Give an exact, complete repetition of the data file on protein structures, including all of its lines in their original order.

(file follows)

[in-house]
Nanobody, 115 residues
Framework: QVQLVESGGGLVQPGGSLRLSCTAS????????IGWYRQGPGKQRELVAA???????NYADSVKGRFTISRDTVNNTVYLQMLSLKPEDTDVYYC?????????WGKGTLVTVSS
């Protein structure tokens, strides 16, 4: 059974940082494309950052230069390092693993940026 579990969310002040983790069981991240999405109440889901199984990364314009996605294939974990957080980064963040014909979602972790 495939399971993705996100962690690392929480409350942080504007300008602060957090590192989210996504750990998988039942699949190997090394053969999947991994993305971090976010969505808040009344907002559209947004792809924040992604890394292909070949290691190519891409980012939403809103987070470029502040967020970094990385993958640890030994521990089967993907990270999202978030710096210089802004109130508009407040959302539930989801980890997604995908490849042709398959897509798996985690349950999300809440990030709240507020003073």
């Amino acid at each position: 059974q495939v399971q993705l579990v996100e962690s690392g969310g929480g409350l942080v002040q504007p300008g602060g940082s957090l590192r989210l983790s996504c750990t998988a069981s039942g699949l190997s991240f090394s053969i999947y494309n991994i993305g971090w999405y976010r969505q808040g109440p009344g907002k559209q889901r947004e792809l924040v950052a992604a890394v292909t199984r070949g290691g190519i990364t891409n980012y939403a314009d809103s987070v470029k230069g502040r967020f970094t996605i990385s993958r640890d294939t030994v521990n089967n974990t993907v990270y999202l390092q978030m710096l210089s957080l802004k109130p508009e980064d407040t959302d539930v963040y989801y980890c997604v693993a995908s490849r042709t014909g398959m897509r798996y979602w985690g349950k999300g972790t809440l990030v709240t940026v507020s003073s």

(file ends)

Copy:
[in-house]
Nanobody, 115 residues
Framework: QVQLVESGGGLVQPGGSLRLSCTAS????????IGWYRQGPGKQRELVAA???????NYADSVKGRFTISRDTVNNTVYLQMLSLKPEDTDVYYC?????????WGKGTLVTVSS
């Protein structure tokens, strides 16, 4: 059974940082494309950052230069390092693993940026 579990969310002040983790069981991240999405109440889901199984990364314009996605294939974990957080980064963040014909979602972790 495939399971993705996100962690690392929480409350942080504007300008602060957090590192989210996504750990998988039942699949190997090394053969999947991994993305971090976010969505808040009344907002559209947004792809924040992604890394292909070949290691190519891409980012939403809103987070470029502040967020970094990385993958640890030994521990089967993907990270999202978030710096210089802004109130508009407040959302539930989801980890997604995908490849042709398959897509798996985690349950999300809440990030709240507020003073």
């Amino acid at each position: 059974q495939v399971q993705l579990v996100e962690s690392g969310g929480g409350l942080v002040q504007p300008g602060g940082s957090l590192r989210l983790s996504c750990t998988a069981s039942g699949l190997s991240f090394s053969i999947y494309n991994i993305g971090w999405y976010r969505q808040g109440p009344g907002k559209q889901r947004e792809l924040v950052a992604a890394v292909t199984r070949g290691g190519i990364t891409n980012y939403a314009d809103s987070v470029k230069g502040r967020f970094t996605i990385s993958r640890d294939t030994v521990n089967n974990t993907v990270y999202l390092q978030m710096l210089s957080l802004k109130p508009e980064d407040t959302d539930v963040y989801y980890c997604v693993a995908s490849r042709t014909g398959m897509r798996y979602w985690g349950k999300g972790t809440l990030v709240t940026v507020s003073s």